Derry Girls named “distinctively British” show by UK Media Minister
The show boasts 'strong British values', apparently...
Politicians in the United Kingdom are seeking to introduce a system in which UK public service broadcasters will be required by law to create original, "distinctively British" TV programmes.
According to a report in The i, UK Minister of State for Media and Data John Whittingdale presented the plan at a Royal Television Society conference on Wednesday where he cited Fleabag, Only Fools and Horses, Bodyguard, Dr Who, Downton Abbey, The Great British Bake Off and, interestingly enough, Derry Girls as examples of best-in-class British television.
According to Whittingdale, the aforementioned shows don't just boast international appeal, they present strong British values to the general public.
Though he would admit that defining a stringent concept of Britishness may prove difficult for writers and producers and so forth, the minister underlined that Derry Girls – a distinctively Irish show, if JOE may be so bold as to editorialise here for a moment – absolutely qualifies under his remit.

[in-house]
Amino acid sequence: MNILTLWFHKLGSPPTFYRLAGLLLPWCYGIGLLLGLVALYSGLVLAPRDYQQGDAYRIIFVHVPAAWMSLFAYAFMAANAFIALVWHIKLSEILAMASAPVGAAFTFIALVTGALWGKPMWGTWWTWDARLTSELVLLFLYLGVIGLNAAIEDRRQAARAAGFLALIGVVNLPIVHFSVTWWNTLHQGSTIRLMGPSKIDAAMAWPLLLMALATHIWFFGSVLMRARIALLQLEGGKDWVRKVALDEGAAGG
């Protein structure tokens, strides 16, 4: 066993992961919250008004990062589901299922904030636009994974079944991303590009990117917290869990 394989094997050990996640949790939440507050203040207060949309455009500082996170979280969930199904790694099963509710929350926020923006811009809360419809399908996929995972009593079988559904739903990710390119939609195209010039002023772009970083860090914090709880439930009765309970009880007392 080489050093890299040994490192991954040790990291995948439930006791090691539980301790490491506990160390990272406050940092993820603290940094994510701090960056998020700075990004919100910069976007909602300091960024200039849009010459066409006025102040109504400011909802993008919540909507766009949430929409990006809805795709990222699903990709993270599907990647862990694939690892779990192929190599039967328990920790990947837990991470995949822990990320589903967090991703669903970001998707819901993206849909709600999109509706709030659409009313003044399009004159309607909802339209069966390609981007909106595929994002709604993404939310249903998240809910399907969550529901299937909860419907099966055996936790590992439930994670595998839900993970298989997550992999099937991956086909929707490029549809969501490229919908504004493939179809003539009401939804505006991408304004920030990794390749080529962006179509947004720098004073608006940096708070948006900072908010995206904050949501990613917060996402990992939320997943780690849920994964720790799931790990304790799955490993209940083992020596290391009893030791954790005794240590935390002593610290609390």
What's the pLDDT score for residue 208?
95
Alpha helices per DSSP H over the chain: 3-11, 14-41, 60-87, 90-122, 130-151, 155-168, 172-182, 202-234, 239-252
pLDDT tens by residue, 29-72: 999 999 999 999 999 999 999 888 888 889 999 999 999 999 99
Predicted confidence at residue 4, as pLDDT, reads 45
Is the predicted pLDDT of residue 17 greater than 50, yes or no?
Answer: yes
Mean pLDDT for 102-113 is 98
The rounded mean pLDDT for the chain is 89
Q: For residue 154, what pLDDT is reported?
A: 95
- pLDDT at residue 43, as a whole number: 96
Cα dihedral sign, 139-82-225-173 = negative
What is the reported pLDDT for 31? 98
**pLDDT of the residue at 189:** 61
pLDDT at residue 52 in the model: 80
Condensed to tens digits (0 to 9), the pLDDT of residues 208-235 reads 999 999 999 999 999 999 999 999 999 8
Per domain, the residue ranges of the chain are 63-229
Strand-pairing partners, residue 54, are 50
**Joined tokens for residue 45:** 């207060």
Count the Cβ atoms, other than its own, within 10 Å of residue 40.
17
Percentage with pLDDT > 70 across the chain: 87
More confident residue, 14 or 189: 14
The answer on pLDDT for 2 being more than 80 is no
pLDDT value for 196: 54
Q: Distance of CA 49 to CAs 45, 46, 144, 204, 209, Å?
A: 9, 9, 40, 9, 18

Whittingdale noted that Lisa McGee's smash-hit black comedy "very clearly" passed the Britishness test as it is "very clearly set in Northern Ireland at a particularly challenging time". Quite.
According to Whittingdale, Britishness reflects "all parts of the UK" and while he may well invoke the fact that Derry Girls is produced by a distinctively British company in the form of London-based Hat Trick Productions, Irish fans may well feel passionately fit to claim it as their own. Call it the Father Ted rule.
Predictably enough, Whittingdale's comments have raised eyebrows, including from those directly involved with Derry Girls.
Siobhan McSweeney, who plays Sister Michael, made the valid point that "Derry Girls is made by a British company and aired by a British channel but it's not a 'distinctively British' programme. But what would I know?"
Derry Girls is made by a British company and aired by a British channel. But it’s not a “distinctively British” programme.
But what would I know ? https://t.co/7h6dQU2nux
— Siobhán McSweeney (@siobhni) September 16, 2021
Show creator Lisa McGee, meanwhile, responded to a friend on Twitter, expressing a general sense of distaste towards the report.
"The most, 'Ach, I can't be dealing with this today' headline I've seen about the show," she wrote. "And there's been a few."
The most ‘ Ach I can’t be dealing with this today’ headline I’ve seen about the show. And there’s been a few 😂
— Lisa McGee (@LisaMMcGee) September 16, 2021